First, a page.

Meditation;CWM management of cancer-related symptoms typically involves pharmacological treatments, such as analgesics, or sedatives. However, these medications may have unacceptable side effects or worsen some symptoms. In contrast, mind–body therapies have few or no negative side effects and may even improve symptoms in addition to the target symptom (Kwekkeboom et al. 2010).
Mind–body therapies provided for pain relief may also reduce anxiety and facilitate relaxation. Mind-body techniques can be particularly useful for patients who prefer active involvement and participation. Relaxation and imagery training can reduce pain and analgesic use, thus reducing analgesic side effects in some patients (Foley et al., 2010).
Relaxation therapies minimize sympathetic nervous system response which in turn decreases oxygen demand, slows heart rate, and lowers blood pressure. The mindfulness-based meditation therapies may have significant benefits for cancer survivors (Elkins et al. 2010).
Yoga; Yoga, in comparison with a waitlist control group, showed improvements for mental health, depression, fatigue, positive affect, and spirituality in breast cancer patients (Danhauer et al. 2009).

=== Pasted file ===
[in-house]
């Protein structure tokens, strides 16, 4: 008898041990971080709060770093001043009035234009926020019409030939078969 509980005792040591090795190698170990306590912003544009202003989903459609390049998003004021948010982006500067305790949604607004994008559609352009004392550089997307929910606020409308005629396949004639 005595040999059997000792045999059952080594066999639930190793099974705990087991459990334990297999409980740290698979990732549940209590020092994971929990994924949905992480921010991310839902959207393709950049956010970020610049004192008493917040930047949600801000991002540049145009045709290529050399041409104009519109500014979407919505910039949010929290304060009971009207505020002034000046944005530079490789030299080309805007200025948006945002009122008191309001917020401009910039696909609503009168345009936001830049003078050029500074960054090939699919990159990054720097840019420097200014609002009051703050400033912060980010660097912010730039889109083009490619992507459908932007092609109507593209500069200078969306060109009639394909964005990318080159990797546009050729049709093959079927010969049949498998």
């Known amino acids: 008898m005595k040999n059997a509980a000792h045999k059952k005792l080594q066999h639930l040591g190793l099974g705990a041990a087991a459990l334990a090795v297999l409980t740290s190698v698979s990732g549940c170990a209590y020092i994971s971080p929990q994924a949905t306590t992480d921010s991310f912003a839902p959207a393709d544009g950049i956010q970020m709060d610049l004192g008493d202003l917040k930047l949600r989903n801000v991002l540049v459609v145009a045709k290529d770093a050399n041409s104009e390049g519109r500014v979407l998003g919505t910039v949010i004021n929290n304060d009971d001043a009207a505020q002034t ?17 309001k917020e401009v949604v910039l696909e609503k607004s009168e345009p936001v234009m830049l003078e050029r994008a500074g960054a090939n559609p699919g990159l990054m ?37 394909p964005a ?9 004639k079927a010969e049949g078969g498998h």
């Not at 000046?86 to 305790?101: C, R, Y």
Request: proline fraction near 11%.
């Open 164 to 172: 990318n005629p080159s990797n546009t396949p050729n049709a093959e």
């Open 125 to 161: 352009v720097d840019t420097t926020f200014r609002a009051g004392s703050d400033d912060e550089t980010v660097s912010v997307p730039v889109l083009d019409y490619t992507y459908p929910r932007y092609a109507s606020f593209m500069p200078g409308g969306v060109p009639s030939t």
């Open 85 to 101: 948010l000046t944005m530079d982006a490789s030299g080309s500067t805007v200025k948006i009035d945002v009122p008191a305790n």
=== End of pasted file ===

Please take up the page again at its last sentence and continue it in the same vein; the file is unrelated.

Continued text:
After completion of a 12-week program, Yoga group showed improvement in quality of life and psychosocial functioning in breast cancer patients (Speed-Andrews et al., 2010).
Another pilot study with metastatic breast cancer reported lower levels of pain and fatigue after participation in the Yoga of Awareness Program (Carson et al. 2009).
Tai-chi; In breast-cancer survivors, Tai-chi group showed a significant improvement in hand-grip strength, flexibility, and quality of life (Mustian et al., 2006).
Compared to the standard support therapy, Tai-chi group had significantly increased levels of bone formation markers and IL-6 levels, as well as decreased bone resorption markers and a trend for decreased IL-2 levels (Peppone et al. 2010).
Hypnosis;Clinical hypnosis can be defined as an altered state of consciousness, awareness, or perception. Hypnotic relaxation is the most frequently cited form of non-pharmacological cognitive pain control. Hypnotherapy for the management of chronic pain has been demonstrated to provide relief for the symptoms of pain in cancer (Elkins et al. 2007).
Self-hypnosis can increase patients’ feeling of self-efficacy and mastery of their internal and external environment (Jensen et al. 2006). Self-hypnosis training for 15–20 min can reduce pain, fatigue, and discomfort in breast-cancer surgery patients.
Hypnotic effects on post-surgical pain are at least partially mediated by changes in response expectancies and emotional distress. Patients using hypnosis tend to develop more positive expectations for symptom control and experience reduced distress (Montgomery et al. 2010).